complemented by appropriate governance and careful management of lands (Geldmann et al. 2015)
in and out of protected areas. We acknowledge the importance of additional measures to reverse bio-
diversity decline but focus here on ecological criteria to select protected areas.
Specific, critical elements of Aichi Target 11 state that protected area conservation should include
areas of particular importance for biodiversity and ecosystem services that are ecologically represen-
tative and well connected and integrated into the broader landscape and seascape. These qualitative
elements (for a discussion see Rees et al. 2017) are vital to evidence-based efforts to reverse biodiver-
sity decline and, although not included in written text for Canada Target 1, have been represented as
part of Canada Target 1 (McKenna 2017). As such, we hereafter refer interchangeably to Aichi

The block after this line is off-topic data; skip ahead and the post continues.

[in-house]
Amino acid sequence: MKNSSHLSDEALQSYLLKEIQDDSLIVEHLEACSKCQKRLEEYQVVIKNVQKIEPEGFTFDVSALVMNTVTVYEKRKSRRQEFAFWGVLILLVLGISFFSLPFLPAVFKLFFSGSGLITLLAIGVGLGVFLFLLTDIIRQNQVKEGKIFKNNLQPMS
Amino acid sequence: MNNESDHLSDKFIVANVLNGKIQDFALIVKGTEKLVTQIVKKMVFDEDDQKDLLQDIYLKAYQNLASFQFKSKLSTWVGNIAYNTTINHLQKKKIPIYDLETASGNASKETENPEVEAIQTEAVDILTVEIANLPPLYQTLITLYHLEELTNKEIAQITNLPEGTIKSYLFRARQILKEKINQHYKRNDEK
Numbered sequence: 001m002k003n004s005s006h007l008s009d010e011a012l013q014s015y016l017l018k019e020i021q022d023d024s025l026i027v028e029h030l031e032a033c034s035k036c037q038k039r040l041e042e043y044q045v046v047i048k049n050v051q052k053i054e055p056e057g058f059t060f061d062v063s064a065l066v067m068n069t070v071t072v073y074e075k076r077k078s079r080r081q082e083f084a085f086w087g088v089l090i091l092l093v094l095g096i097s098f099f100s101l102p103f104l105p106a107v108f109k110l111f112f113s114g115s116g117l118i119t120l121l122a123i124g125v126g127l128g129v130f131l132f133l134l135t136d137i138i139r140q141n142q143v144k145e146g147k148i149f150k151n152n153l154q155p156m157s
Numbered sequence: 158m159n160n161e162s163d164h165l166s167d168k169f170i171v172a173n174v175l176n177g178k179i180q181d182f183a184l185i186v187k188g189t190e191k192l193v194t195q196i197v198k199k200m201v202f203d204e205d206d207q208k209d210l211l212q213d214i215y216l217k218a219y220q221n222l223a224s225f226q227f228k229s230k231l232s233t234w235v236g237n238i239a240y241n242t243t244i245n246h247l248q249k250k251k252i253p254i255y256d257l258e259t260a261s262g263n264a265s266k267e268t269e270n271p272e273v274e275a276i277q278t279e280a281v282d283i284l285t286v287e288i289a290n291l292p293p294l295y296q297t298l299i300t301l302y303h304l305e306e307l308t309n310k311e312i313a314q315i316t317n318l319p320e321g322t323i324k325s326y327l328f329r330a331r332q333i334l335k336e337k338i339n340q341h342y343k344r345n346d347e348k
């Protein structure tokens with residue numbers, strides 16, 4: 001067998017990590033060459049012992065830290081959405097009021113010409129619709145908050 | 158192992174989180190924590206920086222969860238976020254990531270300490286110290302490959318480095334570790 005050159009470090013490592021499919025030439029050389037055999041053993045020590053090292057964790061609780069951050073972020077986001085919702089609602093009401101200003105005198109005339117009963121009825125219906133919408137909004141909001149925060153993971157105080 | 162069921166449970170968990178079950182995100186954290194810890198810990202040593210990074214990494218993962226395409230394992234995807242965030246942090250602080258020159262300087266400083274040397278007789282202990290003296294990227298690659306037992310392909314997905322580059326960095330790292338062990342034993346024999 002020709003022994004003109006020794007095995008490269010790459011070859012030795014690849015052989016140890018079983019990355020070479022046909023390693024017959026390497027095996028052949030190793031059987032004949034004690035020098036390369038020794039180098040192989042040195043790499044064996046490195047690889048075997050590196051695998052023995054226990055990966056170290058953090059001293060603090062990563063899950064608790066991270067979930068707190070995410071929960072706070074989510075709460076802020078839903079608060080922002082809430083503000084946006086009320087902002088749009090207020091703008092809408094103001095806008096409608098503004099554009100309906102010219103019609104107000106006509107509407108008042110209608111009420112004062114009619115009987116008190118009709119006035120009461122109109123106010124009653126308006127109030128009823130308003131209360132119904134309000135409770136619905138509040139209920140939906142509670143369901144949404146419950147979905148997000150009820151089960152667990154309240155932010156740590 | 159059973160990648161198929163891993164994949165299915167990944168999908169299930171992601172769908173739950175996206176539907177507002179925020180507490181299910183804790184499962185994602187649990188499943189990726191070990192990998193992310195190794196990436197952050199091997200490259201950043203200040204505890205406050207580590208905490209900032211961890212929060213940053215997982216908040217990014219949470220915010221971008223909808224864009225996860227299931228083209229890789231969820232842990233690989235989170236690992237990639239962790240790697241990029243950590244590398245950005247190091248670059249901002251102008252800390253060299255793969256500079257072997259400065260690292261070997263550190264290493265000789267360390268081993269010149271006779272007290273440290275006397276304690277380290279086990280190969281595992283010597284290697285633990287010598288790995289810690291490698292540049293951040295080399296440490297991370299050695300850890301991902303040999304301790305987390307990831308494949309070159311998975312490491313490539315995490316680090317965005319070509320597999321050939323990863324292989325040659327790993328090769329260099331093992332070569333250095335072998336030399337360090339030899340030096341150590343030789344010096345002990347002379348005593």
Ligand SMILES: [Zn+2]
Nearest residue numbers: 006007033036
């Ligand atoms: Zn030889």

Target 11 and Canada Target 1 to encompass Canadas commitment to reduce biodiversity decline
through establishment of protected areas.
Achieving Aichi Target 11 will require a marked increase in both the pace and focus of protection
both globally (Butchart et al. 2010;Watson et al. 2016b) and in Canada (Standing Committee on
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Environment and Sustainable Development 2017). Protected area planning that explicitly incorpo-
rates biophysical science into decision-making produces better protection outcomes than processes
that do not (Watson et al. 2011;Bottrill and Pressey 2012) and can increase the quality of protected
areas (Svancara et al. 2005;Ruckelshaus et al. 2015). Recently, the Canadian government formed a
National Advisory Panel (NAP 2017) with the goal to develop a pathway, grounded in science and